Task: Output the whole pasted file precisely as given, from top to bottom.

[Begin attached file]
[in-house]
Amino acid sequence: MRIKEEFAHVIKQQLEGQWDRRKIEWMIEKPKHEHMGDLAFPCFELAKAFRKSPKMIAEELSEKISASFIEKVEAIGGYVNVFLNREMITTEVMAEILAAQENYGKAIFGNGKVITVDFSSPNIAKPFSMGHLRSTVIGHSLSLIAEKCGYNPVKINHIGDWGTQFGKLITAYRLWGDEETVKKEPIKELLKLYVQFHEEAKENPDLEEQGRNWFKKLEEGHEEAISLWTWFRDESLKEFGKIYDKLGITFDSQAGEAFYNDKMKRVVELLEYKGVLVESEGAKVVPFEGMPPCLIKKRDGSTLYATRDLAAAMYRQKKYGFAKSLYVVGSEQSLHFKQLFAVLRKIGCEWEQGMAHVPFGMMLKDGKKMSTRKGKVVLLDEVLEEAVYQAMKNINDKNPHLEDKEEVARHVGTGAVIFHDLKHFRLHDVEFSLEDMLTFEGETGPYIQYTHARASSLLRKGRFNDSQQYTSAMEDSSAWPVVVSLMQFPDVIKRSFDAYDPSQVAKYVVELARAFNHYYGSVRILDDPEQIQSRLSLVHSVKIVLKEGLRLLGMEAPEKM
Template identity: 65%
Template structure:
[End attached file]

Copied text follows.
[in-house]
Amino acid sequence: MRIKEEFAHVIKQQLEGQWDRRKIEWMIEKPKHEHMGDLAFPCFELAKAFRKSPKMIAEELSEKISASFIEKVEAIGGYVNVFLNREMITTEVMAEILAAQENYGKAIFGNGKVITVDFSSPNIAKPFSMGHLRSTVIGHSLSLIAEKCGYNPVKINHIGDWGTQFGKLITAYRLWGDEETVKKEPIKELLKLYVQFHEEAKENPDLEEQGRNWFKKLEEGHEEAISLWTWFRDESLKEFGKIYDKLGITFDSQAGEAFYNDKMKRVVELLEYKGVLVESEGAKVVPFEGMPPCLIKKRDGSTLYATRDLAAAMYRQKKYGFAKSLYVVGSEQSLHFKQLFAVLRKIGCEWEQGMAHVPFGMMLKDGKKMSTRKGKVVLLDEVLEEAVYQAMKNINDKNPHLEDKEEVARHVGTGAVIFHDLKHFRLHDVEFSLEDMLTFEGETGPYIQYTHARASSLLRKGRFNDSQQYTSAMEDSSAWPVVVSLMQFPDVIKRSFDAYDPSQVAKYVVELARAFNHYYGSVRILDDPEQIQSRLSLVHSVKIVLKEGLRLLGMEAPEKM
Template identity: 65%
Template structure: